Daniel Moerman, Meaning, Medicine, and the Placebo Effect – for heaps of research on the placebo effect. UK paperbackUS paperback

How Your Mind Can Heal Your Body – UK & Ireland Speaking Tour

In these workshops, I’ll share all the ways that the mind impacts the body, from the placebo effect, to how meditation impacts the brain, to how attitude affects the heart and ageing, even to how visualisation can physically impact brain structure. You’ll also learn how people around the world have used mind-body interventions (visualisation strategies) to help facilitate recovery from illness and disease, learn the principles involved, and learn and practice a few visualisation techniques.


GLASGOW – 22nd March 2014

LONDON – 29th March

NORWICH – 5th April

KINROSS – 6th April

DUBLIN – 12th April

MANCHESTER – 26th April


US dates to follow … will be announced on my newsletter

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  1. David Malfesi on February 18, 2014 at 10:07 am

    My wife and I saw the Horizon documentary last night. And whilst we both enjoyed the show, each of us actually felt more knowledgable than the programme makers; all due to you sharing your thoughts and research on this subject. We had the good fortune of attending one of your talks a while ago. This was a small venue in Nottingham where you held us enthralled. The placebo effect has become one of our favourite topics of conversation, and it amazes us how many people refer to this as ‘oh, it’s ‘just’ the placebo effect’; almost as though this is something to be embarrassed about! An exciting and thoroughly fascinating subject. We were a little disappointed not to see you on Horizon last night but did wonder whether you were watching it……..

    • David R. Hamilton PhD on February 18, 2014 at 11:11 am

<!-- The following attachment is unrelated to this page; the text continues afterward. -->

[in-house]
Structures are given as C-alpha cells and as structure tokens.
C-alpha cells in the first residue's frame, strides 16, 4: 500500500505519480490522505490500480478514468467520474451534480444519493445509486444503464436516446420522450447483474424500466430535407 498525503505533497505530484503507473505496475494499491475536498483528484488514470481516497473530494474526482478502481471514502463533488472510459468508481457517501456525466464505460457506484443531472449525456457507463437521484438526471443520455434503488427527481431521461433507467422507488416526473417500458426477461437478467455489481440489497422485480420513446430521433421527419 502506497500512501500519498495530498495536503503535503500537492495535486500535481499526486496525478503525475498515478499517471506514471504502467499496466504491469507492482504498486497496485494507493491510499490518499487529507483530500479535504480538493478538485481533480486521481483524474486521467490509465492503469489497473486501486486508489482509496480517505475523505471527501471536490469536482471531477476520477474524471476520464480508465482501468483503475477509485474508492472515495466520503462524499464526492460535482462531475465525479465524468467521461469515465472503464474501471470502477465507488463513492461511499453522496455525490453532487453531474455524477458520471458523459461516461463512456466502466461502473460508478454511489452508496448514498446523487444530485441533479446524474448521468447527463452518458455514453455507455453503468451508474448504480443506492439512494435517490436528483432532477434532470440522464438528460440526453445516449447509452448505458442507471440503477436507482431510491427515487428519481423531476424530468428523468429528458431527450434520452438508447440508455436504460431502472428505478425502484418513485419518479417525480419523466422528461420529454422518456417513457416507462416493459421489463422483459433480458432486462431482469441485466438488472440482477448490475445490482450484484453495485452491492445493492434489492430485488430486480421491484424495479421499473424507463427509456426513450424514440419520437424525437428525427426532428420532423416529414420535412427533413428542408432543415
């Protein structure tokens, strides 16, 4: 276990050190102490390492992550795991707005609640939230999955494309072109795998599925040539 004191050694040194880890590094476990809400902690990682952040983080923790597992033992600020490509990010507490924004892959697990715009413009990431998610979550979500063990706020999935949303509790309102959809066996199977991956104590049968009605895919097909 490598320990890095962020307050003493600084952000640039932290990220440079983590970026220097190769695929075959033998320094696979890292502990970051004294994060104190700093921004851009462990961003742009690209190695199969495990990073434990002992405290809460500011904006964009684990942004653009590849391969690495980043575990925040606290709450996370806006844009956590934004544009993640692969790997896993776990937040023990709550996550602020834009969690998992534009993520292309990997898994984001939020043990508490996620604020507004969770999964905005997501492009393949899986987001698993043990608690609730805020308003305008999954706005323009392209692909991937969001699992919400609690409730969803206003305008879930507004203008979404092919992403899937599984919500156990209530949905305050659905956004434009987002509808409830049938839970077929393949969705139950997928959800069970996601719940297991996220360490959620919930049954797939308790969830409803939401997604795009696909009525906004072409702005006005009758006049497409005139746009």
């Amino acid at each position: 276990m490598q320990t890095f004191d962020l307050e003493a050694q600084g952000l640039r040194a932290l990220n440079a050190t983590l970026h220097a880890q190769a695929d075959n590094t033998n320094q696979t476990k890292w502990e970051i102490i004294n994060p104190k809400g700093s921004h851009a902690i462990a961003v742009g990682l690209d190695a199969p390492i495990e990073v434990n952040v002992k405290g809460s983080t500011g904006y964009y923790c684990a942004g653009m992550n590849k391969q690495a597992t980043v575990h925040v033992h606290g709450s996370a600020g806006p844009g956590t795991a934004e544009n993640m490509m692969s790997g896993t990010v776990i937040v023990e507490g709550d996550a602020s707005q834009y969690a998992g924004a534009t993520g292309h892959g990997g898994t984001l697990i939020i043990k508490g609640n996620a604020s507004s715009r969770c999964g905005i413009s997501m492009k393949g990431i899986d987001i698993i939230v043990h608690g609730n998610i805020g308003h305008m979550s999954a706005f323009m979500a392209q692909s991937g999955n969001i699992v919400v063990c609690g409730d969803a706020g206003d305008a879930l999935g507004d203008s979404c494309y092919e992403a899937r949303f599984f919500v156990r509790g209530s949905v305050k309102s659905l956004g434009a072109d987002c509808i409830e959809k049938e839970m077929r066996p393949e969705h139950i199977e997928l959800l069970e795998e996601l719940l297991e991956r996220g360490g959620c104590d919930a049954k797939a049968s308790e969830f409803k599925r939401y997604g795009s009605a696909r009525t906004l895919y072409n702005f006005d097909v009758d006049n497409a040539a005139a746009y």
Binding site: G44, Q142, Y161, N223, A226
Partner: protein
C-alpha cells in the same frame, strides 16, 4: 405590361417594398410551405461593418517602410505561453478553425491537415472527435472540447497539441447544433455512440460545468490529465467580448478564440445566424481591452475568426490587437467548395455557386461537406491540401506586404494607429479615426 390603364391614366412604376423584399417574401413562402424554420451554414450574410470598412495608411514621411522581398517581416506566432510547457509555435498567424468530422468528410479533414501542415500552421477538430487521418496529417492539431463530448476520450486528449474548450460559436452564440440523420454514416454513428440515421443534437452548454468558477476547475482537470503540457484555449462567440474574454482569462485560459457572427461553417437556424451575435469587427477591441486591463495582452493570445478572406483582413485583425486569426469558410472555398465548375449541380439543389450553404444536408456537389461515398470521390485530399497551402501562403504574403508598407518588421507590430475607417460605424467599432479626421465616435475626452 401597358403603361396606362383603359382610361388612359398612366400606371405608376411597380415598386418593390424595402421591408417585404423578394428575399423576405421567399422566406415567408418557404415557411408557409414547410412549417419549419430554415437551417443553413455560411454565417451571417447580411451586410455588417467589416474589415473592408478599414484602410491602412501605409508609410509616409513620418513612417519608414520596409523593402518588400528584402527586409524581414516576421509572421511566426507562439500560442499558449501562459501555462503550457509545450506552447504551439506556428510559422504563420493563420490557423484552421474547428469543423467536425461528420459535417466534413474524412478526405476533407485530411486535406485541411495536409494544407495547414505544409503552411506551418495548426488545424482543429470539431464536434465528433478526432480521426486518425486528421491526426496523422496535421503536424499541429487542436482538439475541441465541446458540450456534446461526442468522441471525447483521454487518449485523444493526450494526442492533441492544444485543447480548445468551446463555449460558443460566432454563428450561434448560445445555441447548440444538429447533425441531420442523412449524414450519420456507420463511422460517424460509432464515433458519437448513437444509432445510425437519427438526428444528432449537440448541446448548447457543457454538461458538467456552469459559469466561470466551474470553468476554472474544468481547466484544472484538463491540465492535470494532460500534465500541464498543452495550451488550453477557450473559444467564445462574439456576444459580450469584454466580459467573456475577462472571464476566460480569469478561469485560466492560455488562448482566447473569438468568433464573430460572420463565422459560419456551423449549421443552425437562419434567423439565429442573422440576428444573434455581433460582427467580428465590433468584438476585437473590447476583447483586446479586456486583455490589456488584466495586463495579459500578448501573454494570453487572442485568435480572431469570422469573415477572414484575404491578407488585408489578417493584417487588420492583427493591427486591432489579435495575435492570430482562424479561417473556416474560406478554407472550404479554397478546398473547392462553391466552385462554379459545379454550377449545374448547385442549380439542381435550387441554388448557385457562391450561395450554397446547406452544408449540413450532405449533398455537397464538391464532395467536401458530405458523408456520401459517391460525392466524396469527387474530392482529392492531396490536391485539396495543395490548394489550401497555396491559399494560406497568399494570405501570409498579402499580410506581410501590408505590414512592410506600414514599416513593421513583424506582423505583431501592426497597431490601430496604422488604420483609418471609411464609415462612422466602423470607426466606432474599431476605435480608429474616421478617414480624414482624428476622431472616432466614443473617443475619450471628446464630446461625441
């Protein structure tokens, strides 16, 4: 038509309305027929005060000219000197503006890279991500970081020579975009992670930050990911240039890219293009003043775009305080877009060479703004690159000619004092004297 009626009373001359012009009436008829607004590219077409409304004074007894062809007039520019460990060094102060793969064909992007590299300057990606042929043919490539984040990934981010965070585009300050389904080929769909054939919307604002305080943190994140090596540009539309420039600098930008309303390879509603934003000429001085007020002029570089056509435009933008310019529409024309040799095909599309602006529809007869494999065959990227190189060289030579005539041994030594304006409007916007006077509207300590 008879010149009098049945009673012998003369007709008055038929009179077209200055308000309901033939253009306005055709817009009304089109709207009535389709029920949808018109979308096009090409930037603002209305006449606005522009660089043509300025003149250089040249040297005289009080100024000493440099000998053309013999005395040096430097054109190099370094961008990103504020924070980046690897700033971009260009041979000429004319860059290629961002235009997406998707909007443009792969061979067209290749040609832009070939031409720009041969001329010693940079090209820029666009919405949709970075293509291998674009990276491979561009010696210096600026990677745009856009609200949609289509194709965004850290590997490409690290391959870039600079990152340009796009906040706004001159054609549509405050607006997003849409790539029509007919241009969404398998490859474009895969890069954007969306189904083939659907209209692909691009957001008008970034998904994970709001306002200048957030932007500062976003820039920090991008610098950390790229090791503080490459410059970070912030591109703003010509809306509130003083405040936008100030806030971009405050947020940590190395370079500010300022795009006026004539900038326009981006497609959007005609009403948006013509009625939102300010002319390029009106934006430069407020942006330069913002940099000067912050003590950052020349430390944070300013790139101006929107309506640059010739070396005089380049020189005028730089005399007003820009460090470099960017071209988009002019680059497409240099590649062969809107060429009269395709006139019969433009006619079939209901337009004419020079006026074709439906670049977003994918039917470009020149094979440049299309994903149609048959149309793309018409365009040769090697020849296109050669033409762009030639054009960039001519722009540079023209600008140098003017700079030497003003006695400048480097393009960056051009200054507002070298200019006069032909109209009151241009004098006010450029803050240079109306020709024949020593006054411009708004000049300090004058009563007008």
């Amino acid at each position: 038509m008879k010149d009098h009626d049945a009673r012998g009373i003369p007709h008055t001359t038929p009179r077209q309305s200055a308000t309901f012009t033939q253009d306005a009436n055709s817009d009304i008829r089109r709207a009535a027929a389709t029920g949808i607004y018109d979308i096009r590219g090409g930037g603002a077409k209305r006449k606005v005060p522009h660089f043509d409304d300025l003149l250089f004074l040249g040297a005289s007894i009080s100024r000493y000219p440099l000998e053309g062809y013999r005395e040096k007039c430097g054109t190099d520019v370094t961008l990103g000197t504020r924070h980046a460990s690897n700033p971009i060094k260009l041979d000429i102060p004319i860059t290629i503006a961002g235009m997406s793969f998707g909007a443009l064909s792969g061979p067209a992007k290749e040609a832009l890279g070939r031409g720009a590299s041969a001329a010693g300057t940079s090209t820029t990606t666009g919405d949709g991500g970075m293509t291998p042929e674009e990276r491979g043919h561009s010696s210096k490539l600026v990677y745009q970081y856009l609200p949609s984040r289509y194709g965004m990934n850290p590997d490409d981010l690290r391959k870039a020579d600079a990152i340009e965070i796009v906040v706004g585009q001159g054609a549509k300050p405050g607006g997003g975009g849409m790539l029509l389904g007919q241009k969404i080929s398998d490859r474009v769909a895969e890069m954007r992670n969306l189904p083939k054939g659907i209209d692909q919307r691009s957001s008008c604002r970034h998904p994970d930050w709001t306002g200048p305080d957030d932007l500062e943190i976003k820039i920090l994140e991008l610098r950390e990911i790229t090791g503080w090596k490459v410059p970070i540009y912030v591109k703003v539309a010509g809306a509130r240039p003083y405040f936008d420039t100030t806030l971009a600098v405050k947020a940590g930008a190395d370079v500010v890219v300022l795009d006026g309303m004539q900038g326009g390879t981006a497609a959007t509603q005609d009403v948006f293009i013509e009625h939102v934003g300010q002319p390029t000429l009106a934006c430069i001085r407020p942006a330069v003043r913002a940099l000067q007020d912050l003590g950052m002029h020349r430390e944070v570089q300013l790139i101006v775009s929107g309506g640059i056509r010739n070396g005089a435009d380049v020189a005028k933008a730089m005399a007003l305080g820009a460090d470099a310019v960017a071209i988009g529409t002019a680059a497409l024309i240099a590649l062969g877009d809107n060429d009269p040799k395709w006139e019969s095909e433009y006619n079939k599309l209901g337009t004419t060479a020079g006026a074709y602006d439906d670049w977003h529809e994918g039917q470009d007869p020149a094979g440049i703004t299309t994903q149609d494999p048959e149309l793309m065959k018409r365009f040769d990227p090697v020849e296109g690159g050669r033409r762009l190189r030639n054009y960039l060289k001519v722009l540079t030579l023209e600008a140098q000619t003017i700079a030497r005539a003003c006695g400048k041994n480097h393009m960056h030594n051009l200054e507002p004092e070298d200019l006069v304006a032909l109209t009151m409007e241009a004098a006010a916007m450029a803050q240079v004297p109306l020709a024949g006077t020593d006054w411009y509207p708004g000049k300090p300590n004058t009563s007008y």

Thanks David. Oh, I remember that talk very well. It was my first (and only, so far) talk in Nottingham. 🙂 Thanks for your kind words. I enjoyed program very much. I particularly enjoyed seeing the evidence presented that expectation and belief actually does produce measurable changes in brain chemistry. I think that alone will demonstrate to anyone skeptical of the mind-body connection, who dismisses the subject as ‘just the placebo effect’ (as many did when I worked as a scientist in the pharmaceutical industry), that there is a lot more to the mind-body connection that we tend to normally think. 🙂

  2. Alan Taylor on February 18, 2014 at 10:34 am

    Hi David, just a quick comment on last nights tv prog.
    I thought it was ‘slanted’ towards the medical/pharmaceutical industry where the way the narration used words such as the ‘power of placebo’ as if it were a medical/scientific discovery. It was 38 mins. into the prog before the word ‘expectation’ was used.
    There was no acknowledgement of the power of belief- which implies the power of the individual. That’s my take on it.
    However , it’s great to even see such a prog on TV.
    I love your work David. It’s in line with my own. Hope to meet you one day. Peace

    • David R. Hamilton PhD on February 18, 2014 at 11:08 am